Research at UCLA and the University of Maryland has demonstrated Rolfing’s effectiveness at:
Eliciting a relaxation response(1)
Positively altering body structure(2)
Reducing lordosis (sway back)(2)
Creating more efficient muscle use(3)
Promoting conservation of energy(3)
Creating refined and economical movement patterns(3)
1. Cottingham, J. et.al. (1988). Effects of soft tissue mobilization (rolfing pelvic tilt) on para-sympathetic tone in two age groups. Journal of American Physical Therapy Assn. 68,3, 352-356.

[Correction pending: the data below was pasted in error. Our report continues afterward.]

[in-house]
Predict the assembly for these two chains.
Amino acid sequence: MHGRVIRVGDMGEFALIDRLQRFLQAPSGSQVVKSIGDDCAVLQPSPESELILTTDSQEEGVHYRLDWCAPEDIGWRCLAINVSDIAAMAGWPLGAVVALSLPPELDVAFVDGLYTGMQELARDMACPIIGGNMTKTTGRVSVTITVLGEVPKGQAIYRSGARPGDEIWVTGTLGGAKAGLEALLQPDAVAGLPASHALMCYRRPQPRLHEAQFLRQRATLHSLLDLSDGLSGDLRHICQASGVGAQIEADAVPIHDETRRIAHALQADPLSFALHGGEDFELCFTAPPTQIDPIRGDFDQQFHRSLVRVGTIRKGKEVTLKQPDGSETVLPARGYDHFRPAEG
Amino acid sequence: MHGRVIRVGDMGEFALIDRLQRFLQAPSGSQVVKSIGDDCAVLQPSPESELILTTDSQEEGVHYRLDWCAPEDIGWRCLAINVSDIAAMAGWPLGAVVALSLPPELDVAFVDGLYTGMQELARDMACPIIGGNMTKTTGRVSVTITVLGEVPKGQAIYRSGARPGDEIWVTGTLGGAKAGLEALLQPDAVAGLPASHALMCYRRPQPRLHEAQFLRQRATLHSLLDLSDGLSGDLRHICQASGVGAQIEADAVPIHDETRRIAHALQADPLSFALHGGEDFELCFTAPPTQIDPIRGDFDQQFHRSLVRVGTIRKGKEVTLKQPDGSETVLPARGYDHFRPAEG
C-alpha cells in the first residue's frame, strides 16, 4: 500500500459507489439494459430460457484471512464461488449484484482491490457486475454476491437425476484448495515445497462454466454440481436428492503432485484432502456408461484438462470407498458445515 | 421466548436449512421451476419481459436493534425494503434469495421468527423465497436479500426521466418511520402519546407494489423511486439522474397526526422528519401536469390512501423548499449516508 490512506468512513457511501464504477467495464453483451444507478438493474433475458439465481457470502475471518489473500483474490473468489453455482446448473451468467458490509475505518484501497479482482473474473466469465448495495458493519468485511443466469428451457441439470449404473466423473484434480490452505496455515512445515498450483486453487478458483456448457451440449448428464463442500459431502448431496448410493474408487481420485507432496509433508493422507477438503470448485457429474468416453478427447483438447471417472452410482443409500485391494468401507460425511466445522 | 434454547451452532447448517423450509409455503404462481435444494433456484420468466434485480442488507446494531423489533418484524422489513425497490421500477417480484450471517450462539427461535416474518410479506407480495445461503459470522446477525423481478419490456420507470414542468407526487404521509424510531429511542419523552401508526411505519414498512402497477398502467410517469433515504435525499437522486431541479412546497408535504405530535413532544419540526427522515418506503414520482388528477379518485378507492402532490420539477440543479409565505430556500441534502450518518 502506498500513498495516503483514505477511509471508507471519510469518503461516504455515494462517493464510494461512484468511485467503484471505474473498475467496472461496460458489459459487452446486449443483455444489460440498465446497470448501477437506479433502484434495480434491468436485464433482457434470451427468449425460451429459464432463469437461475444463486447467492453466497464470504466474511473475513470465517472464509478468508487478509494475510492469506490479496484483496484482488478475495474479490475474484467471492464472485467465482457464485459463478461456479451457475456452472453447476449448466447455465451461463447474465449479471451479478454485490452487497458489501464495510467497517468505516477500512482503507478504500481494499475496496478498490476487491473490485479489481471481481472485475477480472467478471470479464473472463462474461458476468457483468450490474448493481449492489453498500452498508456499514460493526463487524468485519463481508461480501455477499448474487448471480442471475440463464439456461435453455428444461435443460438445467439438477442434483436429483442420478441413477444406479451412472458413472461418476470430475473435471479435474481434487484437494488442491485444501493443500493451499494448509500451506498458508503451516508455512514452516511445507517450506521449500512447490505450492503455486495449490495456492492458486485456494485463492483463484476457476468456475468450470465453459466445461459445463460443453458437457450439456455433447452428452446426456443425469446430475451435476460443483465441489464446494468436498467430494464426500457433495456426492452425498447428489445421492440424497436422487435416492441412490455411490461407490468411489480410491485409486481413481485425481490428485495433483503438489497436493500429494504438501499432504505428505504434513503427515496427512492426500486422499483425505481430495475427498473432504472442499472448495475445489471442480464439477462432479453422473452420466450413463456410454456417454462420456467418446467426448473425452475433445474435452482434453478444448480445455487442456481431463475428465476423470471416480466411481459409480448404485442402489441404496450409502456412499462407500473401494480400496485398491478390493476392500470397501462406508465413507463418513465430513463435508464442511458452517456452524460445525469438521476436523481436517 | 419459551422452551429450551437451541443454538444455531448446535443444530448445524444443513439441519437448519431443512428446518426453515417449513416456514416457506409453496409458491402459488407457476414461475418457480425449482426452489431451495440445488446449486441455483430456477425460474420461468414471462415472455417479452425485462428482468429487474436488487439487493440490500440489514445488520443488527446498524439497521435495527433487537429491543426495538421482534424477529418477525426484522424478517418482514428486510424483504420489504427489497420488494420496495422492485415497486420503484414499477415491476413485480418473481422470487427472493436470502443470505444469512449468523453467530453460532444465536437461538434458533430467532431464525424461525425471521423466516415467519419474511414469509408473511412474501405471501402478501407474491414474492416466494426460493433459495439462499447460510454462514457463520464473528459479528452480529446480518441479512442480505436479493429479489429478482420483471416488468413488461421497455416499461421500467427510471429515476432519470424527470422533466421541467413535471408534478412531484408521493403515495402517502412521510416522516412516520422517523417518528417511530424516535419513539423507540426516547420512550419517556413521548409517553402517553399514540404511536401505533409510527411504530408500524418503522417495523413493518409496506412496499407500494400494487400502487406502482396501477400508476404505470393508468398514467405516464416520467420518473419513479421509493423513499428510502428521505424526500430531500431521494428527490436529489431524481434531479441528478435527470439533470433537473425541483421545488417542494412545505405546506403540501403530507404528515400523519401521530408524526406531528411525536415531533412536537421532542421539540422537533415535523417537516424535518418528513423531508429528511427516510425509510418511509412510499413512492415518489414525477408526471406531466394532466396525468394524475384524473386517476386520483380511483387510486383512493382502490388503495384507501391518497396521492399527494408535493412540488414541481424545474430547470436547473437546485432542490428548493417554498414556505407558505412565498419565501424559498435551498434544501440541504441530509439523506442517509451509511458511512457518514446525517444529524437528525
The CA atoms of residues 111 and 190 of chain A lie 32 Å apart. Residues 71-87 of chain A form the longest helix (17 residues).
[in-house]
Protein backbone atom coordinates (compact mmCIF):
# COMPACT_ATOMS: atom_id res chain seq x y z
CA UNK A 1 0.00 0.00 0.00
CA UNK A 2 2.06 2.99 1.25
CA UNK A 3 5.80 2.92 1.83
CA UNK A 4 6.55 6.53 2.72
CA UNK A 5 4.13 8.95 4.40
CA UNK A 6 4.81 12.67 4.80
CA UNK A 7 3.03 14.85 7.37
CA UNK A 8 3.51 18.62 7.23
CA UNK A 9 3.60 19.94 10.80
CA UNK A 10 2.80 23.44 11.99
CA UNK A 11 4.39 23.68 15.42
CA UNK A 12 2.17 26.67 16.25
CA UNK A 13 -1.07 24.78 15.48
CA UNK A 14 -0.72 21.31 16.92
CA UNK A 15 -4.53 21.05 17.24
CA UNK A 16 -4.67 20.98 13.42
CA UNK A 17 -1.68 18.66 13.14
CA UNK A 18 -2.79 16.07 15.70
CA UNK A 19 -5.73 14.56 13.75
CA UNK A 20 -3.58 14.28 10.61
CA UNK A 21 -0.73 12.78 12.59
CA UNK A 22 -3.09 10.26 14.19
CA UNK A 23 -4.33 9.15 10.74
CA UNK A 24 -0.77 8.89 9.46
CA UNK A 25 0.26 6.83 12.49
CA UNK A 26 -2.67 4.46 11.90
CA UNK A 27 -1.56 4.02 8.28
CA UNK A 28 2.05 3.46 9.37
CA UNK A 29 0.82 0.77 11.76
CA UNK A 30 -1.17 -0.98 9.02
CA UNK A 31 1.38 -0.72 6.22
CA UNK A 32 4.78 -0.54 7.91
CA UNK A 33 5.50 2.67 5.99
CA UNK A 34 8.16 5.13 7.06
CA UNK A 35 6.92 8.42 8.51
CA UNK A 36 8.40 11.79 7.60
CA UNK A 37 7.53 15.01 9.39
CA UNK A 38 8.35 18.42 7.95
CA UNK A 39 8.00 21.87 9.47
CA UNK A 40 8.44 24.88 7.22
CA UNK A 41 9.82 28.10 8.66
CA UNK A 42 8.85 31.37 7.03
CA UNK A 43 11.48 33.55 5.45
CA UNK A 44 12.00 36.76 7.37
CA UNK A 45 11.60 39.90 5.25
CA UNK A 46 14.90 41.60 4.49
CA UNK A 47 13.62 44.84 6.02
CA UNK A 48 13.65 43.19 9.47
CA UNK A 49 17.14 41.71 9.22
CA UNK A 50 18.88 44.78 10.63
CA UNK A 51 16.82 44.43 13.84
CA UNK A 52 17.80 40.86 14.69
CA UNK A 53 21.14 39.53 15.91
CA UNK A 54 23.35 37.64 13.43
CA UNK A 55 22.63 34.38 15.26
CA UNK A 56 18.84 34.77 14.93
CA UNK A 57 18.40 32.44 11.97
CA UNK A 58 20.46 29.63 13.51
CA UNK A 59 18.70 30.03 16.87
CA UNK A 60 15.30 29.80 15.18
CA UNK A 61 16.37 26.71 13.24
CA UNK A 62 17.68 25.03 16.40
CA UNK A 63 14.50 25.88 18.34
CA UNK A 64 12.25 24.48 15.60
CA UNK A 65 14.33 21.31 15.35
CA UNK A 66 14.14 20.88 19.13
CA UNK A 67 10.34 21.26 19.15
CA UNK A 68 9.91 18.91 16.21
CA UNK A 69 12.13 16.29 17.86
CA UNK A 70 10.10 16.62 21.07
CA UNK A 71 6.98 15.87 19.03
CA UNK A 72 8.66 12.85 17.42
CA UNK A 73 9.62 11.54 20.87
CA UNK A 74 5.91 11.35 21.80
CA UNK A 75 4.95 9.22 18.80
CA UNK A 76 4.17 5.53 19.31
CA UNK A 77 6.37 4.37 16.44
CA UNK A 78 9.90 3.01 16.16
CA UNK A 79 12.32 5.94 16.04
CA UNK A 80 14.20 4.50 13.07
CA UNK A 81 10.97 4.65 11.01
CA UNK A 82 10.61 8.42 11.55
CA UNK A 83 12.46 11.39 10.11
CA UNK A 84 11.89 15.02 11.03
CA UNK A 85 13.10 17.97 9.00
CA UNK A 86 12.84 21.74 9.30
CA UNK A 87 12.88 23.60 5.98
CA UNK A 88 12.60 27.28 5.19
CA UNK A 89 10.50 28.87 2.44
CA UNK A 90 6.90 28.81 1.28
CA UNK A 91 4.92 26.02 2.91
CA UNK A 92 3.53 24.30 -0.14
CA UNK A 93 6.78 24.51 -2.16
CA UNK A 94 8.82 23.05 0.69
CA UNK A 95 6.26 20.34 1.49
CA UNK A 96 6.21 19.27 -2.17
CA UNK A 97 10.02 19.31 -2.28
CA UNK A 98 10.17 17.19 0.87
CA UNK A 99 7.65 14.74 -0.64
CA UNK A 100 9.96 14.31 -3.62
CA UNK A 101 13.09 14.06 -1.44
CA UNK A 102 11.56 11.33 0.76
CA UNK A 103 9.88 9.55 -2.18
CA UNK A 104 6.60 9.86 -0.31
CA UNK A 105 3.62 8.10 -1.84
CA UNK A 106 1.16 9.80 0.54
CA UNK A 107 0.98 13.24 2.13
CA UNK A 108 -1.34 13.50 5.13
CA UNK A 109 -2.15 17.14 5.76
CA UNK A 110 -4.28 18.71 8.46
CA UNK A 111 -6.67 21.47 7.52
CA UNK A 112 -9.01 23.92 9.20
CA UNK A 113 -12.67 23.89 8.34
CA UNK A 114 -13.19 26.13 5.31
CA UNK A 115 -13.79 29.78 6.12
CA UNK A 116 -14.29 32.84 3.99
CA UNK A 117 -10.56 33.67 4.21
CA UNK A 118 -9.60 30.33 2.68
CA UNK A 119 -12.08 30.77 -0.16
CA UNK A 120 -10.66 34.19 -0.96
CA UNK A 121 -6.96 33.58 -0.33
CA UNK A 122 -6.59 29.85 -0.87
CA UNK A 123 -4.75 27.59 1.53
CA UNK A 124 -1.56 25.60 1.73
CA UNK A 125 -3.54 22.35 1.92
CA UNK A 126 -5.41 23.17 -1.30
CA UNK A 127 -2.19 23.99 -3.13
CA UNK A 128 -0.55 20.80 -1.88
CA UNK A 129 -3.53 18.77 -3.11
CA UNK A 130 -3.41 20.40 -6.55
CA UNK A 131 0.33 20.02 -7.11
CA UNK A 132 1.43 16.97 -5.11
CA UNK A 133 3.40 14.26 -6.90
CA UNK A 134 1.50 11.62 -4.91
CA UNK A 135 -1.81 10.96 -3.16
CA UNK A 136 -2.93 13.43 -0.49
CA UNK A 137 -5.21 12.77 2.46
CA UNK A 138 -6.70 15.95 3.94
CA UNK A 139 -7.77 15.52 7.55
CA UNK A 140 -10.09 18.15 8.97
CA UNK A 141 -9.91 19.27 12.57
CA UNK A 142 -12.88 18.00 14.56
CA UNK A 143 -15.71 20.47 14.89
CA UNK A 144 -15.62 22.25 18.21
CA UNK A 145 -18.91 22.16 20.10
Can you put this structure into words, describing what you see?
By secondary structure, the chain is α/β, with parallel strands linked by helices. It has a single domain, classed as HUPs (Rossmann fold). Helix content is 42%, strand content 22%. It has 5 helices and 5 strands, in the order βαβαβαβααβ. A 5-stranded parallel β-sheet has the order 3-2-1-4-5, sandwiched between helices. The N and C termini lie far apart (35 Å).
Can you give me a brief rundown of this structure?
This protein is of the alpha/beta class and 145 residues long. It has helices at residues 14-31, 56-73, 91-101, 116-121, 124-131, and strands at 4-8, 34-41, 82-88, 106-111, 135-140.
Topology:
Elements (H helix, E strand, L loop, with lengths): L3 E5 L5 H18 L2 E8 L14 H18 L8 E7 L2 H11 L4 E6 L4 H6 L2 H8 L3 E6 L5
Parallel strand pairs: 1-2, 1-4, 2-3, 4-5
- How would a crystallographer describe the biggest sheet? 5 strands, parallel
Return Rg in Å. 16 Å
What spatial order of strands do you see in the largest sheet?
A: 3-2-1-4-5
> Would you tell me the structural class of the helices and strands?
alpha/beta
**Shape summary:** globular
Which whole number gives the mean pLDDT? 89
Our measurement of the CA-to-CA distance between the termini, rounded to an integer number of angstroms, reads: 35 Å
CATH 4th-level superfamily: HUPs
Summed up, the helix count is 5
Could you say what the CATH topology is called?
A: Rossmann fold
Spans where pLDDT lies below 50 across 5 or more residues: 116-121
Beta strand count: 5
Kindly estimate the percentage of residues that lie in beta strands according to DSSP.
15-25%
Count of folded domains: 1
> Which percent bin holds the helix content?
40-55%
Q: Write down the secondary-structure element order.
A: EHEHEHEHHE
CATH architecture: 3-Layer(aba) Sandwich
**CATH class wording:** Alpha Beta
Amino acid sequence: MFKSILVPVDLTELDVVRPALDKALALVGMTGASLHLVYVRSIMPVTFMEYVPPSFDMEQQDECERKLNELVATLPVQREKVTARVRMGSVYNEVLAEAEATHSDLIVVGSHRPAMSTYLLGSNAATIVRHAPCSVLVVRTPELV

2. Cottingham, J. et.al. (1988). Shifts in pelvic angle and parasympathetic tone produced by rolfing soft tissue manipulation. Journal of American Physical Therapy Assn. 68,9, 1364-1370.
3. Hunt, V. and Massey, W. (1977). A study of structural integration from neuromuscular, energy field, and emotional approaches. Rolf Institute.
For much more information, please contact: Somatics.de re: Rolfing and Somatics articles.
National Center for Complementary and Alternative Medicine – Manipulative and Body-Based Practices: An Overview
2nd International Fascia Research Congress, Oct. 27-30, 2009, Vrije Universiteit, Amsterdam, The Netherlands